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Avian Urban Ecology$
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Diego Gil and Henrik Brumm

Print publication date: 2013

Print ISBN-13: 9780199661572

Published to Oxford Scholarship Online: May 2015

DOI: 10.1093/acprof:osobl/9780199661572.001.0001

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Reconciling innovation and adaptation during recurrent colonization of urban environments

Reconciling innovation and adaptation during recurrent colonization of urban environments

molecular, genetic, and developmental bases

(p.155) Chapter 12 Reconciling innovation and adaptation during recurrent colonization of urban environments
Avian Urban Ecology

Alexander V. Badyaev

Oxford University Press

This chapter explores the developmental and evolutionary origins of beak modifications in the house finch (Carpodacus mexicanus) — modifications that have been linked to the exceptional success of this species in urban environments. First, it describes morphological divergence in and natural selection on beak configurations across urban and natural populations. Second, it examines ways in which innovation and adaptation can be reconciled during adaptive diversifications of beaks. Third, it discusses developmental and genetic basis of such cycles of divergence and convergence to urban adaptations and the ways by which ontogenetic mechanisms can accomplish precise, diverse, and yet reversible adaptations in beak configurations. It suggests that both urban adaptations and population divergence were facilitated by modular organization of beak development, where small regulatory changes in conserved molecular growth factors and significant functional redundancy in resulting configurations produce a wide range of adaptive beak modifications. The chapter concludes with a preliminary analysis of the molecular basis behind such adaptive evolution and directions for future studies.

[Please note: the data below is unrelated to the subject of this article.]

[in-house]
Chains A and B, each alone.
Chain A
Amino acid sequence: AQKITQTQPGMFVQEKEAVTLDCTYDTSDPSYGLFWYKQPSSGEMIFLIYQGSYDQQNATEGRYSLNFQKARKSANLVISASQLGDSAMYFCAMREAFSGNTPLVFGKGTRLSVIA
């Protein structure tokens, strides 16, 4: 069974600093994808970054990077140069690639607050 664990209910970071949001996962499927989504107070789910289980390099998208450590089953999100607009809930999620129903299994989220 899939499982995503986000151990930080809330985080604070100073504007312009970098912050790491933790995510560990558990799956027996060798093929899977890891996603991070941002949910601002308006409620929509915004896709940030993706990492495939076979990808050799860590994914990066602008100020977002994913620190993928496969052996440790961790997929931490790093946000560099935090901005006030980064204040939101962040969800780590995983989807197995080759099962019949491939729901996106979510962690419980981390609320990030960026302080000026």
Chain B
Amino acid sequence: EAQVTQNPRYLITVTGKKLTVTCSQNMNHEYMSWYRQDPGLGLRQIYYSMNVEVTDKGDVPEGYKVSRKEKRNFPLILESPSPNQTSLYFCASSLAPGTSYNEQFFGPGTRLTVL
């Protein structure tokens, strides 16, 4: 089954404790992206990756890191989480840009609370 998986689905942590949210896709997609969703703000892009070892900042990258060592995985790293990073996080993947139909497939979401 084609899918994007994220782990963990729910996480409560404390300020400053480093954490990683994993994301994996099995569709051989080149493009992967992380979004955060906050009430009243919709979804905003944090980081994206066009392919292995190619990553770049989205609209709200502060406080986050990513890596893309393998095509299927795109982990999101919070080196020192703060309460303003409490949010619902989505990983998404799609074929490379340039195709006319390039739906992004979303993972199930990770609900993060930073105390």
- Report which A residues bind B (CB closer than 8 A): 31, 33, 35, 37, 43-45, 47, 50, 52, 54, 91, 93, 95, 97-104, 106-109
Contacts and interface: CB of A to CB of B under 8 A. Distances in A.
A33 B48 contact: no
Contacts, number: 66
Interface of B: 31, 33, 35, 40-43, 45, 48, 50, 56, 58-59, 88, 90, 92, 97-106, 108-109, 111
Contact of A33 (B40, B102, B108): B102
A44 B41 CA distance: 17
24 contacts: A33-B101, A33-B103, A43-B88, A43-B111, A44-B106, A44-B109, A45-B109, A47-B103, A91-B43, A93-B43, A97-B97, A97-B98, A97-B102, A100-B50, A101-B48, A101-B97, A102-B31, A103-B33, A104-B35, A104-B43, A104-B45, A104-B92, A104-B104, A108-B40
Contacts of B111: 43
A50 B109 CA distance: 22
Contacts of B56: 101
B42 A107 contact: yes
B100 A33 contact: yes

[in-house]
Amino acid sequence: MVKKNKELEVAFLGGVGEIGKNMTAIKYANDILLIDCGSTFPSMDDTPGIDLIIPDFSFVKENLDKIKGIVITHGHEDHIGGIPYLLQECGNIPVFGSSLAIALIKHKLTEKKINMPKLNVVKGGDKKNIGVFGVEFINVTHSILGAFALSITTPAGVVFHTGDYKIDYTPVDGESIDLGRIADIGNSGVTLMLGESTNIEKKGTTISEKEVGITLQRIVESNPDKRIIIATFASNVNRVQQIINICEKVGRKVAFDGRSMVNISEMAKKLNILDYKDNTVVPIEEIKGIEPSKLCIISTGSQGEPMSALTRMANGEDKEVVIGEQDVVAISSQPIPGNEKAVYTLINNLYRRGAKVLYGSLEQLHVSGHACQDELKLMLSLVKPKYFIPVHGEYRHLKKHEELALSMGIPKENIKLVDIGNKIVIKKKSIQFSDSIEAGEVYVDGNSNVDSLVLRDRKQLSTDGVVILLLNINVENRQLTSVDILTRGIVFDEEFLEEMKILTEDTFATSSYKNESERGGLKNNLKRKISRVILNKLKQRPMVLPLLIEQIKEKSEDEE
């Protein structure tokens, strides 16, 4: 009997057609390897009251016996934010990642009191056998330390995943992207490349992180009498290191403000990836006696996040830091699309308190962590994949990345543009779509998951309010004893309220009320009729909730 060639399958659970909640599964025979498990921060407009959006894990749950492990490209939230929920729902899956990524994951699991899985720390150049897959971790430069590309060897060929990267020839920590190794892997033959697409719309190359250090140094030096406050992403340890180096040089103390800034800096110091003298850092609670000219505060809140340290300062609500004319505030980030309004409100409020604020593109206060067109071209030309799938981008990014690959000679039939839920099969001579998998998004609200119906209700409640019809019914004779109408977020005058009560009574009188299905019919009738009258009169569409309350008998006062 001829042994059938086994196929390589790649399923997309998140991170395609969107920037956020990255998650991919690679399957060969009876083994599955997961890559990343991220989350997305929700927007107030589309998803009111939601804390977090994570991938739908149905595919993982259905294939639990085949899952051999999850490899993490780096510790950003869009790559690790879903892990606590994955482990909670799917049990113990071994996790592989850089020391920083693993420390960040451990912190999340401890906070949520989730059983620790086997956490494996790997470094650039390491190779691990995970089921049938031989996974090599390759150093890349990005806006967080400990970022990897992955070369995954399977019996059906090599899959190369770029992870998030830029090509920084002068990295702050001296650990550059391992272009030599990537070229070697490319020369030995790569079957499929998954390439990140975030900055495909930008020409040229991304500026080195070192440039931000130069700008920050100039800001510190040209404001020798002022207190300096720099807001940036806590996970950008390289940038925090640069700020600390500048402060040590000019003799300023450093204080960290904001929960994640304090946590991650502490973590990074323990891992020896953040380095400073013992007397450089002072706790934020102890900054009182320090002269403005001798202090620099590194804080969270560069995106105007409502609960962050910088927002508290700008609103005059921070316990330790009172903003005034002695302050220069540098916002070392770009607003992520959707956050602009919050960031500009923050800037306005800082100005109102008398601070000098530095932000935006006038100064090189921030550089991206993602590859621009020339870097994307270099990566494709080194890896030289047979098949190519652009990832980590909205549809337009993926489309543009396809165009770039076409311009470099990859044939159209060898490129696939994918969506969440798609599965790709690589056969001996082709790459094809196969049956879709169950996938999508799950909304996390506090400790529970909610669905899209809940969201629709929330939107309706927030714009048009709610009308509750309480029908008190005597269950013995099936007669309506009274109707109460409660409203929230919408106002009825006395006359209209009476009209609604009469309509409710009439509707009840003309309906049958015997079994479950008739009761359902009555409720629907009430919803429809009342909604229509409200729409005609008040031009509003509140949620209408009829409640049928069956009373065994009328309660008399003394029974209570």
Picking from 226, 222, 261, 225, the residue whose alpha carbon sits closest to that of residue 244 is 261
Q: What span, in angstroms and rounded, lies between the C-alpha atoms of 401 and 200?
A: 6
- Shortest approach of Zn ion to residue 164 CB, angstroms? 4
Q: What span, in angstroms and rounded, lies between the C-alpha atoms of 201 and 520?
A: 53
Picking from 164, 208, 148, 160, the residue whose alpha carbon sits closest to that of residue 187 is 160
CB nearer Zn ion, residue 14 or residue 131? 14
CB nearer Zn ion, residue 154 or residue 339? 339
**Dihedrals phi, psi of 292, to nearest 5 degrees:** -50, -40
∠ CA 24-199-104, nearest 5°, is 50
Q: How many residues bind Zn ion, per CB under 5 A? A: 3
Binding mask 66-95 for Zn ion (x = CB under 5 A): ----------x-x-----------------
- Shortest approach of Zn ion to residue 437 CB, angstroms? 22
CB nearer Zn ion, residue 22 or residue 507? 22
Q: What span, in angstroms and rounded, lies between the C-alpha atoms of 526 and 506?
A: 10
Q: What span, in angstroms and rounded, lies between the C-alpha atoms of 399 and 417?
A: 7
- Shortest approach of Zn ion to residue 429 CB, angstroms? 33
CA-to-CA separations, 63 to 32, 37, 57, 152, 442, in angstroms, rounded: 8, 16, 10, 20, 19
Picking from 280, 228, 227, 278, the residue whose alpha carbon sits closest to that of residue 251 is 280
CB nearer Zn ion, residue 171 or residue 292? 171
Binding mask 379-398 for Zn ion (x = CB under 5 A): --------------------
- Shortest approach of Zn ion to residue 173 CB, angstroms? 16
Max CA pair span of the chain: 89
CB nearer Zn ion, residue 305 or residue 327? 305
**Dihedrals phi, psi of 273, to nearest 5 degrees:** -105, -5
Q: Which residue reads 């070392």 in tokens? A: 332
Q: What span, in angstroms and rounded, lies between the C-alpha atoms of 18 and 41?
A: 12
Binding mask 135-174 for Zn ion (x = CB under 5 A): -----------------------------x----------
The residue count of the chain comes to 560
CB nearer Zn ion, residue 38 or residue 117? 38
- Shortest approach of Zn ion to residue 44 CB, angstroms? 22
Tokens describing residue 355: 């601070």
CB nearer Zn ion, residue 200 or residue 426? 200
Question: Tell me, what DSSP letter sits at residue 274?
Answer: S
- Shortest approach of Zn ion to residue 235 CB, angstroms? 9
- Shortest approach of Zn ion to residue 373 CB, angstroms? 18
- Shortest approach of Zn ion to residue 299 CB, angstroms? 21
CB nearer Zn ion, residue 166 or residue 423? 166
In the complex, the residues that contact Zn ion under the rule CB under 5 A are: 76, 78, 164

Keywords:   urban birds, beak modifications, house finch, Carpodacus mexicanus adaptations, beak configurations

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